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by Michael Barrett

29 Jun 2015

Valerie and Her Week of Wonders (1970, dir. Jaromil Jireš)

We know you’ll sympathize, dear reader, when we whine that Criterion is putting out too many damn fine Blu-rays to keep up with. Pity us, watching masterpiece after masterpiece and having to put pen to paper, or finger to keyboard, or synaptic impulses into digital space, to explain our insights. It’s all too much.

Sometimes, we just have to give briefer takes on these releases, so here’s ten films to watch and why. Bottom line: All are worth your time.

by Michael Barrett

24 Jun 2015

Kings of the Sun (1963)

Kings of the Sun shows that in 1963, they were still making ‘em like they used to, to the consternation of some and the indifference of others. With novelty, this historical epic takes place in Central America before anyone called it that, and before Columbus and other johnny-come-latelies. Long before Europeans showed up, as the script by novelist Elliott Arnold and James R. Webb (How the West Was Won ) points out, the land was a hotbed of colonial conquest and resistance, immigration, and diplomacy.

George Chakiris plays Balam, the young leader of the Mayans. They’re attacked by invaders equally bird-hatted, but with metal swords more effective than the Mayans’ wooden ones. Are these Toltecs? Aztecs? Wikipedia kindly informs us of tribal conflict led by Hunac Ceel against Chichen Itza around the 13th Century, but it’s still confusing. In short: Balam calls it a day and leads his people over the waters of the Gulf of Mexico to what might be Louisiana. Again, they didn’t know what to call it yet, but the place has swamps and a tribe led by Black Eagle (Yul Brynner).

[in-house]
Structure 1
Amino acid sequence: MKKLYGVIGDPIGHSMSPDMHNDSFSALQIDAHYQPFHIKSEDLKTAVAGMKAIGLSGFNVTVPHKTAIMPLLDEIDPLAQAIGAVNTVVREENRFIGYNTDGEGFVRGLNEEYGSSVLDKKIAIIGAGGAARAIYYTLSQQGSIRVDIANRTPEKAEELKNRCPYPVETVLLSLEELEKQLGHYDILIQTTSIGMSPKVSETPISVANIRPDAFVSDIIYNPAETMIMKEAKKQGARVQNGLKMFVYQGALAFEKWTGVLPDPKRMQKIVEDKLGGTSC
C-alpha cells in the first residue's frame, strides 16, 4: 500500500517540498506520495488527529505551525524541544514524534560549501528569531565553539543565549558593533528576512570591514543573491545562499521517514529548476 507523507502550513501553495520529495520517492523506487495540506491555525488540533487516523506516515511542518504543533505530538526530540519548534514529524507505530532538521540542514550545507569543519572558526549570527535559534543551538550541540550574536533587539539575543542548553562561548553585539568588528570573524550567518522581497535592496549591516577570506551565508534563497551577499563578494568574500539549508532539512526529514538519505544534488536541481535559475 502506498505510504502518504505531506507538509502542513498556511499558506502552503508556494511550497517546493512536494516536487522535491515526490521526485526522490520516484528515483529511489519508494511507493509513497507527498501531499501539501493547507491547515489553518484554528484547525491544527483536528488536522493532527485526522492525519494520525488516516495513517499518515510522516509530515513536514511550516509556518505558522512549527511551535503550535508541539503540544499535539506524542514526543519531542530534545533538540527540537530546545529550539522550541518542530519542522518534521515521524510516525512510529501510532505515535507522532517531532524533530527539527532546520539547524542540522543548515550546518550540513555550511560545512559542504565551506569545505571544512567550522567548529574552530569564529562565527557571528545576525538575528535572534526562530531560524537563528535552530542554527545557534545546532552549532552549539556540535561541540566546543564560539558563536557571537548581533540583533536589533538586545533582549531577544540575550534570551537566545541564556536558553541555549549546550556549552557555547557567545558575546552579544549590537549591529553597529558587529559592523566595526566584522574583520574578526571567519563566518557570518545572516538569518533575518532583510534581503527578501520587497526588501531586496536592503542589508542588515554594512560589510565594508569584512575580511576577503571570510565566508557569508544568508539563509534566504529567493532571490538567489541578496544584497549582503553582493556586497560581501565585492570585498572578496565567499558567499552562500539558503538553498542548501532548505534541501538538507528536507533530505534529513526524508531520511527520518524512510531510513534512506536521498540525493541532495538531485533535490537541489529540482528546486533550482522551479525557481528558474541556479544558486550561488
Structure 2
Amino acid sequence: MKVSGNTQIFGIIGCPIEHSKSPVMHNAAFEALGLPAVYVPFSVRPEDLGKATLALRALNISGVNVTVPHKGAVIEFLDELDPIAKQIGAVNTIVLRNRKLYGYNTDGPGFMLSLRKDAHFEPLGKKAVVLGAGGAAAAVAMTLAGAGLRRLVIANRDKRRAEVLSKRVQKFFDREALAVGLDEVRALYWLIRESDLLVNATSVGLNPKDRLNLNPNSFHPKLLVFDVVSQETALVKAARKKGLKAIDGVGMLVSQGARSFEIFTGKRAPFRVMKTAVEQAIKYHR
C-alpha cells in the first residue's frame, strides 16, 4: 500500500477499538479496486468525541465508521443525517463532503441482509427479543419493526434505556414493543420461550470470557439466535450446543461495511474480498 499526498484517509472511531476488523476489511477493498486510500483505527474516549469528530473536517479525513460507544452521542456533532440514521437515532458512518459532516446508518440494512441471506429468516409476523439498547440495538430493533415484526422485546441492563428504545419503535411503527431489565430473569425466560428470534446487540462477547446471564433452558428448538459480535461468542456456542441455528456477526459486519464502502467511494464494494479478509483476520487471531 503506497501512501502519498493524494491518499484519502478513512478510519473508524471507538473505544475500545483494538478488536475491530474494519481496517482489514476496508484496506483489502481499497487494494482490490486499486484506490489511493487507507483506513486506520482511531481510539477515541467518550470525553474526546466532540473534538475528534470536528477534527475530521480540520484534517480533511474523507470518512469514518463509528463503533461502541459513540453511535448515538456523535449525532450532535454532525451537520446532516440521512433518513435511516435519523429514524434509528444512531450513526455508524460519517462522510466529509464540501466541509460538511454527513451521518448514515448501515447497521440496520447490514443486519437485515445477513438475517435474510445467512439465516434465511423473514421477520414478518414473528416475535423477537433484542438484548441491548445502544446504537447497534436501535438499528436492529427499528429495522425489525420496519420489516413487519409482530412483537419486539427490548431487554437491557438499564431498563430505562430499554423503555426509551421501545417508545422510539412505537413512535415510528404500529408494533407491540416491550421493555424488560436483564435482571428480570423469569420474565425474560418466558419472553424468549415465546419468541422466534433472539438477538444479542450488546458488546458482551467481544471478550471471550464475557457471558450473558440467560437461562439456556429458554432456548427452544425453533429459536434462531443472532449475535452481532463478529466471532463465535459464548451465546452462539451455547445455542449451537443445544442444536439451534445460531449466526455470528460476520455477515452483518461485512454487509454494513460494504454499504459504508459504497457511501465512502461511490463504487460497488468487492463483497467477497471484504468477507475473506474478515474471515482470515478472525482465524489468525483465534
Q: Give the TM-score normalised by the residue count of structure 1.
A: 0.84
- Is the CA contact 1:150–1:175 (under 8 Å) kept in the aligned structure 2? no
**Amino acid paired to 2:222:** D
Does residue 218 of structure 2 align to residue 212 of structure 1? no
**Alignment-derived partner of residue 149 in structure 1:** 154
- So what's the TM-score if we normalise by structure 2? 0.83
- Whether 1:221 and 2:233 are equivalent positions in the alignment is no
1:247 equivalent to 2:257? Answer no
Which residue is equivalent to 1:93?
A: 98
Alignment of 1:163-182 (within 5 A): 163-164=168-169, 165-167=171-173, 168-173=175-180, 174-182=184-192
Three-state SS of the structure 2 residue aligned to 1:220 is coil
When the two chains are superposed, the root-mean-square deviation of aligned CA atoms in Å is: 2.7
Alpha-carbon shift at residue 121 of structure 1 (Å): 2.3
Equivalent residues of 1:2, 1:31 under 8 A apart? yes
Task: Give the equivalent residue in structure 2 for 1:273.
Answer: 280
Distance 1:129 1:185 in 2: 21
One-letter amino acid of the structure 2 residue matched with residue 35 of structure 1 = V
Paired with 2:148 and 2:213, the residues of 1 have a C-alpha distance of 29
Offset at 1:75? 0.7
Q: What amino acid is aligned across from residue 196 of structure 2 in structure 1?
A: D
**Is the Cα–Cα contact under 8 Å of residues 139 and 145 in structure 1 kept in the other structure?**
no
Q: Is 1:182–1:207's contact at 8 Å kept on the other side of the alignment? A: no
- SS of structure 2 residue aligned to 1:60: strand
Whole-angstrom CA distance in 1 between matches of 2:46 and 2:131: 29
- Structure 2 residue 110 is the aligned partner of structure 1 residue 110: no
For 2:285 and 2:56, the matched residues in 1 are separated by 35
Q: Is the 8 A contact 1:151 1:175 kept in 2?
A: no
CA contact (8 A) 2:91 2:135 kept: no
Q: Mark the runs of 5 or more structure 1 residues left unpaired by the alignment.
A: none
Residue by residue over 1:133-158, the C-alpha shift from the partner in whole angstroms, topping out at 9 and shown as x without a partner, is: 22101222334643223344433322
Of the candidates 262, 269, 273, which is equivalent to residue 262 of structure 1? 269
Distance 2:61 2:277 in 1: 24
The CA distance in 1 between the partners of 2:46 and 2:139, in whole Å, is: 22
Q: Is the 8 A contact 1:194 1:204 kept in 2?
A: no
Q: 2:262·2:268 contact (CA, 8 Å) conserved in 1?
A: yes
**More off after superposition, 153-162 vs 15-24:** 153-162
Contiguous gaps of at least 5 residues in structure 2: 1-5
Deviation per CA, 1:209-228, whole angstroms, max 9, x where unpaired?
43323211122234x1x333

by Dylan Fremont

23 Jun 2015

When you grow up watching movies, you might hope that one day, if you start making your own, you’ll get to remove all the unnecessary bits from your favourites and recombine what remains into a new whole, a movie with all the best scenes and most intense emotions.

by Michael Barrett

23 Jun 2015

In Magician, Orson Welles tells an anecdote about a waiter who asked him if he ever made anything after Citizen Kane. Whether that really happened or not, it captures a myth. Chuck Workman’s documentary sets the record straight in 90 fast-moving minutes of clips and talking heads, leaving us dazzled and tantalized with what we’ve seen before and what we’ve yet to see. For if Welles was faulted for not finishing enough movies in his lifetime, he’s surely the most prolific posthumous filmmaker.

Projects he left unfinished, such as It’s All True  and Don Quixote, still come out in various versions. Others, like Touch of Evil and Macbeth, surface in newly polished variations while once-forgotten items, like his TV version of King Lear (directed by Peter Brook) and his British series Around the World with Orson Welles, are exhumed from vaults into the digital day.

by Michael Barrett

16 Jun 2015

Having Wonderful Crime (1944, dir. Eddie Sutherland)

In theory, this double-feature of B comedy-mysteries use the same hero. In practice, they have nothing in common—not the actors, characterizations, nor even the studio. Yet here they are, together at last, on demand from Warner Archive.

Hailing from the deepest ‘40s, Having Wonderful Crime is bright and madcap enough to get wearisome fast. We’re given to understand that put-upon Chicago attorney John J. Malone (Pat O’Brien in constant slow burn) is forever beset by two loud, laughing, bubble-headed chums who are now freshly married, Jake (George Murphy, practically delirious) and Helene Justus (Carole Landis, dressed to kill). For reasons that have something to do with having wrapped up a murder case by leaving an unconscious man in Malone’s office, they all decide to skip town (we can’t figure it either) and wind up in a honeymoon hotel (“I’m broad-minded,” says Malone) with an odd foreign gal (Lenore Aubert) and a be-sworded magician (George Zucco), and everyone runs around instead of calling the cops.

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